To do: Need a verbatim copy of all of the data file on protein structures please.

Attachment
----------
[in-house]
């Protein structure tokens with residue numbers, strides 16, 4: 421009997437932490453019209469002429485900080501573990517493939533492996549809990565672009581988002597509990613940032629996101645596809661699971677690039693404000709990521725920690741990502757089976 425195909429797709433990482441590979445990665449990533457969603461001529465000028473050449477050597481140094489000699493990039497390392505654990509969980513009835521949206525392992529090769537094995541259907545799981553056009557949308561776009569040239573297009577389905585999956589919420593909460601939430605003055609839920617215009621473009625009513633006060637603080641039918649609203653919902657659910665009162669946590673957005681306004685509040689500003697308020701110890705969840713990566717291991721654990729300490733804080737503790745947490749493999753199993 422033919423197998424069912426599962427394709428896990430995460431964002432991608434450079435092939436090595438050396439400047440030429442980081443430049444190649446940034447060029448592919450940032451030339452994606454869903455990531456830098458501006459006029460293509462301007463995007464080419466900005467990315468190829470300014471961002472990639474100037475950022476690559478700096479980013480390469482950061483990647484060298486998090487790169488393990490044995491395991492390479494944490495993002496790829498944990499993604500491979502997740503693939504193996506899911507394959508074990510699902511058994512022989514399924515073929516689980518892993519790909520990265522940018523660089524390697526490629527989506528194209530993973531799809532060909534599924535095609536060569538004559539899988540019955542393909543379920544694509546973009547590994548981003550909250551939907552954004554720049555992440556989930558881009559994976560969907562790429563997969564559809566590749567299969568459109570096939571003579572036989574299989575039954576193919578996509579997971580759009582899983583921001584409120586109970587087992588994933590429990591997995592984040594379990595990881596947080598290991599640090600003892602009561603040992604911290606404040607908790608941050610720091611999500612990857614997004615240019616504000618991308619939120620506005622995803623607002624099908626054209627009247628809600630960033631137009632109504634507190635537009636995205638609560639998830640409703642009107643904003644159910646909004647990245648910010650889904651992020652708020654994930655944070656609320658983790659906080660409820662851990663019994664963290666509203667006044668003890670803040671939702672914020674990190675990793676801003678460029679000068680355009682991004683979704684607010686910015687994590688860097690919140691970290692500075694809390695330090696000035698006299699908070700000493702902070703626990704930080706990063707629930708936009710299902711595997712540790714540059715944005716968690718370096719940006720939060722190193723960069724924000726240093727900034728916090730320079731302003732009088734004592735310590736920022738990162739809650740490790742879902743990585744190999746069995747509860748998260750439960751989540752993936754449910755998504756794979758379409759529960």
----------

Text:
[in-house]
């Protein structure tokens with residue numbers, strides 16, 4: 421009997437932490453019209469002429485900080501573990517493939533492996549809990565672009581988002597509990613940032629996101645596809661699971677690039693404000709990521725920690741990502757089976 425195909429797709433990482441590979445990665449990533457969603461001529465000028473050449477050597481140094489000699493990039497390392505654990509969980513009835521949206525392992529090769537094995541259907545799981553056009557949308561776009569040239573297009577389905585999956589919420593909460601939430605003055609839920617215009621473009625009513633006060637603080641039918649609203653919902657659910665009162669946590673957005681306004685509040689500003697308020701110890705969840713990566717291991721654990729300490733804080737503790745947490749493999753199993 422033919423197998424069912426599962427394709428896990430995460431964002432991608434450079435092939436090595438050396439400047440030429442980081443430049444190649446940034447060029448592919450940032451030339452994606454869903455990531456830098458501006459006029460293509462301007463995007464080419466900005467990315468190829470300014471961002472990639474100037475950022476690559478700096479980013480390469482950061483990647484060298486998090487790169488393990490044995491395991492390479494944490495993002496790829498944990499993604500491979502997740503693939504193996506899911507394959508074990510699902511058994512022989514399924515073929516689980518892993519790909520990265522940018523660089524390697526490629527989506528194209530993973531799809532060909534599924535095609536060569538004559539899988540019955542393909543379920544694509546973009547590994548981003550909250551939907552954004554720049555992440556989930558881009559994976560969907562790429563997969564559809566590749567299969568459109570096939571003579572036989574299989575039954576193919578996509579997971580759009582899983583921001584409120586109970587087992588994933590429990591997995592984040594379990595990881596947080598290991599640090600003892602009561603040992604911290606404040607908790608941050610720091611999500612990857614997004615240019616504000618991308619939120620506005622995803623607002624099908626054209627009247628809600630960033631137009632109504634507190635537009636995205638609560639998830640409703642009107643904003644159910646909004647990245648910010650889904651992020652708020654994930655944070656609320658983790659906080660409820662851990663019994664963290666509203667006044668003890670803040671939702672914020674990190675990793676801003678460029679000068680355009682991004683979704684607010686910015687994590688860097690919140691970290692500075694809390695330090696000035698006299699908070700000493702902070703626990704930080706990063707629930708936009710299902711595997712540790714540059715944005716968690718370096719940006720939060722190193723960069724924000726240093727900034728916090730320079731302003732009088734004592735310590736920022738990162739809650740490790742879902743990585744190999746069995747509860748998260750439960751989540752993936754449910755998504756794979758379409759529960």